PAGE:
Top 5 Reasons to Adopt and Care for a Senior Dog
It is fair to say there are few things in the world that are more universally beloved than dogs. For all of our differences, there’s something to be said for the fact that we all share a love of Man’s Best Friend.
One of the reasons dogs are so friendly and loveable is that they are so loyal. Since Homer wrote of Odysseus’ dog Argus waiting 20 years for his master to return from Troy and his odyssey around the Mediterranean, we’ve known and revered the great loyalty of dogs. It is only fair that we repay that loyalty by looking after our four-legged friends in their old age.
There are many reasons to adopt and care for a senior dog in need of a happy home, and here are the top five reasons to do so.
Be a Lifesaver
First and foremost, it must be said that to adopt and care for a senior dog isn’t just a nice thing to do – it can make the difference between life and death for them. Shelters only have space enough to keep so many dogs, and so when space becomes a problem. Therefore older dogs, particularly those with health problems, may be euthanized. This is incredibly heartbreaking, and no way for these wonderful creatures to end their lives.
Trained and Ready
For as much fun as training a dog can be, it isn’t for everyone. Training a dog takes time and effort. If you don’t have either or both in enough abundance, you can make costly mistakes and wind up with a real mess on your hands. That isn’t fair to you or a young puppy, who needs to be properly trained. The training a puppy receives in its youth will last it a lifetime, so, therefore, it must be trained properly.
If you don’t have time to train a puppy from the ground up, however, have no fear – older dogs often come pre-trained. They’ve already learned basic obedience skills, and so are “ready to go” from the moment you adopt them in a way that is not necessarily the case with puppies.
The Wisdom of Age
In that same vein, older dogs have the benefit of wisdom that comes from life experience.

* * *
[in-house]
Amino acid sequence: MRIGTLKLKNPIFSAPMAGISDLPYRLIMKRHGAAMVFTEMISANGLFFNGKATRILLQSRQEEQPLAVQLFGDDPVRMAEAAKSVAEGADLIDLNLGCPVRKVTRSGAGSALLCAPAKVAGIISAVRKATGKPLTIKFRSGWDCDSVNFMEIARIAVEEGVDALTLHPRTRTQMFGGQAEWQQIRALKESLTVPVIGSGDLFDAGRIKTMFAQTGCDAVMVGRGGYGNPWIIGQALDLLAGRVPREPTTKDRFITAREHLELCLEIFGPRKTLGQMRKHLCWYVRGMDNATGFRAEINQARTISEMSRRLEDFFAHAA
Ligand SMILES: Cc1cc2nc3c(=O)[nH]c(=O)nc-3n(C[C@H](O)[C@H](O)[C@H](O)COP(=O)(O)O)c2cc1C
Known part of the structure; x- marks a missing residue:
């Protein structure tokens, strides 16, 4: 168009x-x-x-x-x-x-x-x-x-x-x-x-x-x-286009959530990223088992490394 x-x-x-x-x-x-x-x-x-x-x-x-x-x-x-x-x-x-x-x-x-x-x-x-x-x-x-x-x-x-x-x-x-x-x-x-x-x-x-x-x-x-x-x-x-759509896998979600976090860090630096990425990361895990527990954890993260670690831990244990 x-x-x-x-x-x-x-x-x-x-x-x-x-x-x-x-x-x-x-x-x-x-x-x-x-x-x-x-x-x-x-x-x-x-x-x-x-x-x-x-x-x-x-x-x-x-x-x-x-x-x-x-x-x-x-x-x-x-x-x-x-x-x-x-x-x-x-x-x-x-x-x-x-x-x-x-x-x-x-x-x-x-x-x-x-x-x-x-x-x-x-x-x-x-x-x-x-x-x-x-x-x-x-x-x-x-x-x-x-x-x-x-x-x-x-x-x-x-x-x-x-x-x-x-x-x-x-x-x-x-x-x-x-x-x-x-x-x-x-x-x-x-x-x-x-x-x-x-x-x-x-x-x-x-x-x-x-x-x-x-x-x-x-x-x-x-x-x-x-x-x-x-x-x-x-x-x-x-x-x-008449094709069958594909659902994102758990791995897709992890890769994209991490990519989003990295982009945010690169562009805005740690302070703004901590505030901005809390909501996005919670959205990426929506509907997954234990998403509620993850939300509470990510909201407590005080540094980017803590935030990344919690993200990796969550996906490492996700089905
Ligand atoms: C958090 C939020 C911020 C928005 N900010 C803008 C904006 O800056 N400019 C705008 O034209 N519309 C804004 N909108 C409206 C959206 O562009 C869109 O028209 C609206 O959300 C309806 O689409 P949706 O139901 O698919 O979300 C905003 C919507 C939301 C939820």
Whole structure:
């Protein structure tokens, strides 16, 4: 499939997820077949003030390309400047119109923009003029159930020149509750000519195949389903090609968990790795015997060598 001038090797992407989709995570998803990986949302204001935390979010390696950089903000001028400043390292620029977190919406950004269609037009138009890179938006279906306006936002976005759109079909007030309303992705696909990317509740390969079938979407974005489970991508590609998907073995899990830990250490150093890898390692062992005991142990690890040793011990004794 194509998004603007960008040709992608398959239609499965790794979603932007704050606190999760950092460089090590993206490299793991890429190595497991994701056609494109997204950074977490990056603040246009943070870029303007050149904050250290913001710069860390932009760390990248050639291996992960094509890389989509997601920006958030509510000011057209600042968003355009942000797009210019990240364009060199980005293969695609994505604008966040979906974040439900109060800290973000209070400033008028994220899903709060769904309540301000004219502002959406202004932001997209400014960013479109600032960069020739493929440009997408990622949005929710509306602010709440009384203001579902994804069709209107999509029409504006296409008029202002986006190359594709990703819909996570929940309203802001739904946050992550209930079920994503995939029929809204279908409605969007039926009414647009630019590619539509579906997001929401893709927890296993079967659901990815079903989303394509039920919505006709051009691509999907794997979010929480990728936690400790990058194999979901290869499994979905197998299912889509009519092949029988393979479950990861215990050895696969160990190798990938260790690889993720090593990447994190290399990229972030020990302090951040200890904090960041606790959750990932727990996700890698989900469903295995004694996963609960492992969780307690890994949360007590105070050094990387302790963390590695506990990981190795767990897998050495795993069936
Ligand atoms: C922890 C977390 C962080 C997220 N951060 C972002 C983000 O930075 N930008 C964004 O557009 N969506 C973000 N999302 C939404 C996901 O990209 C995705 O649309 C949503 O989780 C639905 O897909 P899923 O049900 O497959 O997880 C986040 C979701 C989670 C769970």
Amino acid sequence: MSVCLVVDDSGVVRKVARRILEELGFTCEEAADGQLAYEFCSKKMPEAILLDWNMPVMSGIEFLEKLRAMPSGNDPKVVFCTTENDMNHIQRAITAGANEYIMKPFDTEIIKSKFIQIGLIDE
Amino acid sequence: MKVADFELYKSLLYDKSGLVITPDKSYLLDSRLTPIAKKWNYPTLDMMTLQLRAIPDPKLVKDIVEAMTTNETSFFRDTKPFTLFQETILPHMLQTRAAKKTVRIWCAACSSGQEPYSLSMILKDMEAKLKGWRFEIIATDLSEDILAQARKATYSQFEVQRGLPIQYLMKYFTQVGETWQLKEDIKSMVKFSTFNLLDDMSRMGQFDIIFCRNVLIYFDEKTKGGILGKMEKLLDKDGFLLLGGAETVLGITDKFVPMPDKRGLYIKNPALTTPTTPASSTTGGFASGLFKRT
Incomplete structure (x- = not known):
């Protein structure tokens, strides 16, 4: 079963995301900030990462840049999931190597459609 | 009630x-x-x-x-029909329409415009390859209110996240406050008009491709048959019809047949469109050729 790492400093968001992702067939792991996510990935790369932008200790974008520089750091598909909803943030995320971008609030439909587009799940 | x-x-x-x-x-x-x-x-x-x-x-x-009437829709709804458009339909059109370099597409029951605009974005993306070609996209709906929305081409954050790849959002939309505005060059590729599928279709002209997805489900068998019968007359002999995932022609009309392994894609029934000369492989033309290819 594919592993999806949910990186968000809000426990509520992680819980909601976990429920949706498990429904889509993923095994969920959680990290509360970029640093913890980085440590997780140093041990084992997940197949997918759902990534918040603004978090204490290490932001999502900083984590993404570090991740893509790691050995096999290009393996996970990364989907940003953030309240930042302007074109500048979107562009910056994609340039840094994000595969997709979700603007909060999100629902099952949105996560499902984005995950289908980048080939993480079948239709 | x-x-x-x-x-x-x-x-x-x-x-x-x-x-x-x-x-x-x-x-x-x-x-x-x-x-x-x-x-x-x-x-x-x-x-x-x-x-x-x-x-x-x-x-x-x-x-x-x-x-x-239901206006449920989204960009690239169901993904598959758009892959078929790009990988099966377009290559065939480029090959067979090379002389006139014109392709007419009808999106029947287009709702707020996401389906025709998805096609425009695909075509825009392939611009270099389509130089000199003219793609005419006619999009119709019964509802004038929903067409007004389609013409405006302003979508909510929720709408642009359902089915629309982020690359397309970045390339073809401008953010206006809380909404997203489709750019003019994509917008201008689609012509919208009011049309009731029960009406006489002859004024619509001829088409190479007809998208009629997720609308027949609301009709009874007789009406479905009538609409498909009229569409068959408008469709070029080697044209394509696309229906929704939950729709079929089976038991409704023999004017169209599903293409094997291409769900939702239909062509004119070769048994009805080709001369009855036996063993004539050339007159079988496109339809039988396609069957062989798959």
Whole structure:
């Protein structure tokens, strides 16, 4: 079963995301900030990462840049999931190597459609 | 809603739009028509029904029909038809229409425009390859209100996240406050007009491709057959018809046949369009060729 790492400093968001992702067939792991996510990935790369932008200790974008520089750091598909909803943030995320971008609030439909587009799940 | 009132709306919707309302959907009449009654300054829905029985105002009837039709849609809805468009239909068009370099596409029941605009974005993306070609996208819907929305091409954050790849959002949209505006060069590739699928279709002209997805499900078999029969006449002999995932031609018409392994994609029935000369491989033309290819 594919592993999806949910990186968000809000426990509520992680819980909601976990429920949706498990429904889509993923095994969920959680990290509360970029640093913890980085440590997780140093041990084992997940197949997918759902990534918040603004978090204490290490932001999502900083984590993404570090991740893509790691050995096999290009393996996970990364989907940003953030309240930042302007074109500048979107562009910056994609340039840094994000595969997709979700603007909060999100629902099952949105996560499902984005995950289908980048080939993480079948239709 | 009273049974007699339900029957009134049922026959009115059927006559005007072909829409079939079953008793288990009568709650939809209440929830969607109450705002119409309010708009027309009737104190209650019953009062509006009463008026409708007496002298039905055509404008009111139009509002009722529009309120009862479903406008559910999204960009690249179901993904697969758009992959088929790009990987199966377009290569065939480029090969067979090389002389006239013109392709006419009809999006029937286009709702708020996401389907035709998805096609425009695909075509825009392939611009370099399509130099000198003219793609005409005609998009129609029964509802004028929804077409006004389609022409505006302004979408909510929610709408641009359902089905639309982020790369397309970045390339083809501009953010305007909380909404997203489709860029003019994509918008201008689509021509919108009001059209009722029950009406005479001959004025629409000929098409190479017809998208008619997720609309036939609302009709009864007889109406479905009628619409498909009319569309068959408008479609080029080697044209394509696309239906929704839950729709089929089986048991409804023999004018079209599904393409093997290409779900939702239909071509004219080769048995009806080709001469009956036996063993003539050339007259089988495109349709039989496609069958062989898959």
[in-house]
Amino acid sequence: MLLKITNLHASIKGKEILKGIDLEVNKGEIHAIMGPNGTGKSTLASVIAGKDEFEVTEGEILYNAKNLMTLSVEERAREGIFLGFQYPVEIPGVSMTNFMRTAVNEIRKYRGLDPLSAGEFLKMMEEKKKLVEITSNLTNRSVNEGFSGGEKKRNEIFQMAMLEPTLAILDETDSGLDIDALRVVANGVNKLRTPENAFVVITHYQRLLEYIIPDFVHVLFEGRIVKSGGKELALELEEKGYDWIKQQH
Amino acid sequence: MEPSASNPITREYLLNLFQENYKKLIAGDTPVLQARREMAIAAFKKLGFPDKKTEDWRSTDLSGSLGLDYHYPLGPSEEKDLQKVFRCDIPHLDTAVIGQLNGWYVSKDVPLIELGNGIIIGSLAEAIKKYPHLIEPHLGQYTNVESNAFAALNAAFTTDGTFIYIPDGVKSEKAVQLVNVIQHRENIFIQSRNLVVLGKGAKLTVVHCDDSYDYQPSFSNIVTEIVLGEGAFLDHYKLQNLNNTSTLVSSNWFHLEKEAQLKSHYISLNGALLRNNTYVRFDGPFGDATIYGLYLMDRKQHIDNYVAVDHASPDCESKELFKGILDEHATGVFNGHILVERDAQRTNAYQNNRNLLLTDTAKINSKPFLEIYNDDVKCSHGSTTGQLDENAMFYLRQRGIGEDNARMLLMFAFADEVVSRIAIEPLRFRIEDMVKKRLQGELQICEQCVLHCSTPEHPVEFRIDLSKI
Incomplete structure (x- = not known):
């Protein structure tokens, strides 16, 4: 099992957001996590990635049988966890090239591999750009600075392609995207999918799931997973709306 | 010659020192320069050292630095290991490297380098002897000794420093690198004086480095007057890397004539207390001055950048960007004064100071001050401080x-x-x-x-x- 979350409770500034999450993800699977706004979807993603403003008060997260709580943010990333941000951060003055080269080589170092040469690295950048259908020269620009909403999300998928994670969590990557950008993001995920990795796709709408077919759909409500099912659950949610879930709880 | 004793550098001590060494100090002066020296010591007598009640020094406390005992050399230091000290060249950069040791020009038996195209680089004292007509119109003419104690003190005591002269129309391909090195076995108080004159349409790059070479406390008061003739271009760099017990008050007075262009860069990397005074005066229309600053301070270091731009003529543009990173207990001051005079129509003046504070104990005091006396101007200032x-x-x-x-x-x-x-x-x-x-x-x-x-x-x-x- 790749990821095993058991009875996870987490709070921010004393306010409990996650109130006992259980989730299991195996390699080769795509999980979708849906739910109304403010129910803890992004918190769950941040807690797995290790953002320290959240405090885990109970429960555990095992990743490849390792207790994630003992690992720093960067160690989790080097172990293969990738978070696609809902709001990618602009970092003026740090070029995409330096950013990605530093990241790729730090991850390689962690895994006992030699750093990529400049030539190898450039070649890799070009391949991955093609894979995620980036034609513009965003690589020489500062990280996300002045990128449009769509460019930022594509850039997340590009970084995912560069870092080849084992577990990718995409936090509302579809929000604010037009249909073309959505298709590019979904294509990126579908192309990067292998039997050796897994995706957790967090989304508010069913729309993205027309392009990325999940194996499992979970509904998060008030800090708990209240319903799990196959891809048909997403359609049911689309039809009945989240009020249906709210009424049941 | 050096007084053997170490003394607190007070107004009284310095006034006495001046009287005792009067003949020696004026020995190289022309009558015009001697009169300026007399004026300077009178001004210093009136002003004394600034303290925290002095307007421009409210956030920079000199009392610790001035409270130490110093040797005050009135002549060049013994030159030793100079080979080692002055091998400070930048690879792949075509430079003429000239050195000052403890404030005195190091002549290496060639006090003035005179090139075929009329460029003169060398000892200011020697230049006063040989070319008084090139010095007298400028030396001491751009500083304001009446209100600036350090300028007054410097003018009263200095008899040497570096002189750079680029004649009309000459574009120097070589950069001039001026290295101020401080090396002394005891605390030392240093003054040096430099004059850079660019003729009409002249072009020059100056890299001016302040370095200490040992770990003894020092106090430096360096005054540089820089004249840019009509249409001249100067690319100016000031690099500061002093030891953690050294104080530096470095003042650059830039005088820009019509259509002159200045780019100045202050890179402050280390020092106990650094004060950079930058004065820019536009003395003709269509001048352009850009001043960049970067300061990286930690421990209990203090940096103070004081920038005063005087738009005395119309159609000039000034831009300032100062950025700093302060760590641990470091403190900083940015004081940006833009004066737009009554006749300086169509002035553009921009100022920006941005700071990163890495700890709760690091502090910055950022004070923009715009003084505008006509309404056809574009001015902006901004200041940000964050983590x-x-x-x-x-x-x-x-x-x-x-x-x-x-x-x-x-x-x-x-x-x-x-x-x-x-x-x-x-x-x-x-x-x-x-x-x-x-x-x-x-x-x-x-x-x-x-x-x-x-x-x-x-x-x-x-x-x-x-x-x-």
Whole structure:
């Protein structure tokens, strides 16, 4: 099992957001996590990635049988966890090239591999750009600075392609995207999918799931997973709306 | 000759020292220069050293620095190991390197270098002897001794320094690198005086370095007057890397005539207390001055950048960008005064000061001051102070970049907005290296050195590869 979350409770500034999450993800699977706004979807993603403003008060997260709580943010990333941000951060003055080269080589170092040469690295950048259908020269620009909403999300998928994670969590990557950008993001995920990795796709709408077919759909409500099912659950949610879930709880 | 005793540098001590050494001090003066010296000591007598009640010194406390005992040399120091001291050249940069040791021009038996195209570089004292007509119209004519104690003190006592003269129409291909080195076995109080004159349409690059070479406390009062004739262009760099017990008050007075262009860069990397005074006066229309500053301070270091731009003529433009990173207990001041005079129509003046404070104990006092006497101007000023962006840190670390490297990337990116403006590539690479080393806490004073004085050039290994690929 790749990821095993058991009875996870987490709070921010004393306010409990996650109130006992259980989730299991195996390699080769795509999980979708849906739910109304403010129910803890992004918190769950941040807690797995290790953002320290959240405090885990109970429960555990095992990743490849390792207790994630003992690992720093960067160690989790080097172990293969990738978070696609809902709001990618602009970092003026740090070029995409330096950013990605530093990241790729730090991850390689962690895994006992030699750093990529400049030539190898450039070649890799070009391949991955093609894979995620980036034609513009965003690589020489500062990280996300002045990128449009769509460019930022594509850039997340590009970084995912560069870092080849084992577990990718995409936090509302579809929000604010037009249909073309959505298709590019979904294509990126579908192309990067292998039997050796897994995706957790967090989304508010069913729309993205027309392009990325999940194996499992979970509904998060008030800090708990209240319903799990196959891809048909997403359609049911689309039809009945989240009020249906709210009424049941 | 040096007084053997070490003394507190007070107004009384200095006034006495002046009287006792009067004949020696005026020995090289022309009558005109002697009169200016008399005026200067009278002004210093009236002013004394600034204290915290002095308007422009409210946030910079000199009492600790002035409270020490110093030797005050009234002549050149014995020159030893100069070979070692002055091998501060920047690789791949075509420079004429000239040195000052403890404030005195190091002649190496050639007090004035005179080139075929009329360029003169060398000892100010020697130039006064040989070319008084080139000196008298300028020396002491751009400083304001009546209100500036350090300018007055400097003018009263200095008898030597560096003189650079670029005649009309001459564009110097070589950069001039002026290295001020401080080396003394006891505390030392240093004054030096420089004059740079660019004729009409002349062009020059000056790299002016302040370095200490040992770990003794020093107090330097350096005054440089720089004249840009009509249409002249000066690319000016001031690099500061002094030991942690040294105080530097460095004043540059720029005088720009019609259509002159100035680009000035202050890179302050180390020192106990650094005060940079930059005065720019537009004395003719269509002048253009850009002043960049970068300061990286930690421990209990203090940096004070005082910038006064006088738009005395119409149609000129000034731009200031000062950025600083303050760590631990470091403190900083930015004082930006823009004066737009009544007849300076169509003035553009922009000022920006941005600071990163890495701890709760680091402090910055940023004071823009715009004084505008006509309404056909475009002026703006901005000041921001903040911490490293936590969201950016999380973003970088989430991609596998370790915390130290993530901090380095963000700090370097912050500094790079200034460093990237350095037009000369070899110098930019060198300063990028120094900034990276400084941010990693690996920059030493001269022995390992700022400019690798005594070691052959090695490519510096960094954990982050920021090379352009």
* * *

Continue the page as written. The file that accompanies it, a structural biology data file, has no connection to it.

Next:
Puppies are full of energy and curiosity. That’s part of why we love them. At the same time, however, that’s also part of what makes puppies such a handful. They’re constantly looking to run here and explore there, and if you aren’t able or willing to keep up with that, you may want to consider looking to older dogs as an alternative.
Older dogs are often a lot calmer and less hyperactive than their puppy counterparts. They’ve seen a thing or two, and have the calming benefit that only age can bring.
Old Dog, New Loyalties
“You can’t teach an old dog new tricks.”
We’ve all heard that adage before, but regardless of its efficacy for trick-learning, there’s no denying that you can teach an old dog to love a new master. Older dogs in shelters can be all the more loyal once they are welcomed into their new homes. Many of them have experienced hardship, and so will appreciate your kindness and be faithfully loyal to you as a result.
Improving Their Quality of Life
By adopting an older dog, you can drastically improve their quality of life.
For example, if your pet has mobility issues, there are several ways you can help them. You can take them to the vet, or put them through special dog exercises. In particular, dog wheelchairs or mobility carts can be of immense help to older dogs who need assistance getting around. Wheelchairs take the stress off their hind legs and can help older dogs with weak backs or legs remain standing.
Consider helping an old dog receive a new lease on life by adopting a senior dog today!
“Top 5 Reasons to Adopt and Care for a Senior Dog”
Author’s BIO: Lori Wade is a journalist from Louisville. She is a content writer who has experience in small editions. Lori is now engaged in news and conceptual articles on the topic of pet care and veterinary. You can find her on Twitter & LinkedIn. Read over Lori’s useful insights!Top 5 Reasons to Adopt and Care for a Senior Dog #AdoptingADog #PetAdoption #PetBlogShare #AdoptDon'tShop Click To Tweet
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2 thoughts on “Top 5 Reasons to Adopt and Care for a Senior Dog”
I was a “foster fail” for a senior dog. Spike was a min-pin who had been kept in a single room (not abused, the owner was boarding at someone else’s home). When the owner died, his landlord surrendered him to a “no-kill” shelter. He had an attitude which I liked (kind of normal for his breed) and I took him home to foster. Within a few days, he was right at home, and regained some mobility in his legs because he had space to run. Unfortunately, he passed away about two years after he became a part of our family – I still miss him. But, you’re absolutely right, adopting a senior dog is a much calmer experience than adopting a puppy.
Lot of time senior dogs and people have lot to offer.
Coffee is on